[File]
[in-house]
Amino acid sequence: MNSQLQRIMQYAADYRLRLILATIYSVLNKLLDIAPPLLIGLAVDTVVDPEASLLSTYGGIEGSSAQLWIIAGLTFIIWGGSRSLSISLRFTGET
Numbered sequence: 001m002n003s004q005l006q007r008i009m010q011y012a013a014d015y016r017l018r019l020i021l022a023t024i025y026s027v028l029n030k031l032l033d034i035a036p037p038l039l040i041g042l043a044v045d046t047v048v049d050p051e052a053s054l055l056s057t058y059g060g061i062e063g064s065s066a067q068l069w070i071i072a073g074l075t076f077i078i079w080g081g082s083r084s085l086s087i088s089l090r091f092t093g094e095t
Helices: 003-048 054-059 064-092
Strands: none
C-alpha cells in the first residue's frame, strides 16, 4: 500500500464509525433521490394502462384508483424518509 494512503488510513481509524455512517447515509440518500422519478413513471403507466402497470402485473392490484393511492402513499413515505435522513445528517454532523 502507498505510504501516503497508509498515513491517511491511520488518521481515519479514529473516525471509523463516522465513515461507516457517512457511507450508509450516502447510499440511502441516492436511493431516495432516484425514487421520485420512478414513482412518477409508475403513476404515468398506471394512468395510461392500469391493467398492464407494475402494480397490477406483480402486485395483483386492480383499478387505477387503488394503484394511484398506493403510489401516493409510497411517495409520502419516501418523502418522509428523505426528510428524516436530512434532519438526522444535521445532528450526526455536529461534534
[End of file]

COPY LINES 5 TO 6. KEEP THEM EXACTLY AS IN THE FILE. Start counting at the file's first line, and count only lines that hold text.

Strands: none
C-alpha cells in the first residue's frame, strides 16, 4: 500500500464509525433521490394502462384508483424518509 494512503488510513481509524455512517447515509440518500422519478413513471403507466402497470402485473392490484393511492402513499413515505435522513445528517454532523 502507498505510504501516503497508509498515513491517511491511520488518521481515519479514529473516525471509523463516522465513515461507516457517512457511507450508509450516502447510499440511502441516492436511493431516495432516484425514487421520485420512478414513482412518477409508475403513476404515468398506471394512468395510461392500469391493467398492464407494475402494480397490477406483480402486485395483483386492480383499478387505477387503488394503484394511484398506493403510489401516493409510497411517495409520502419516501418523502418522509428523505426528510428524516436530512434532519438526522444535521445532528450526526455536529461534534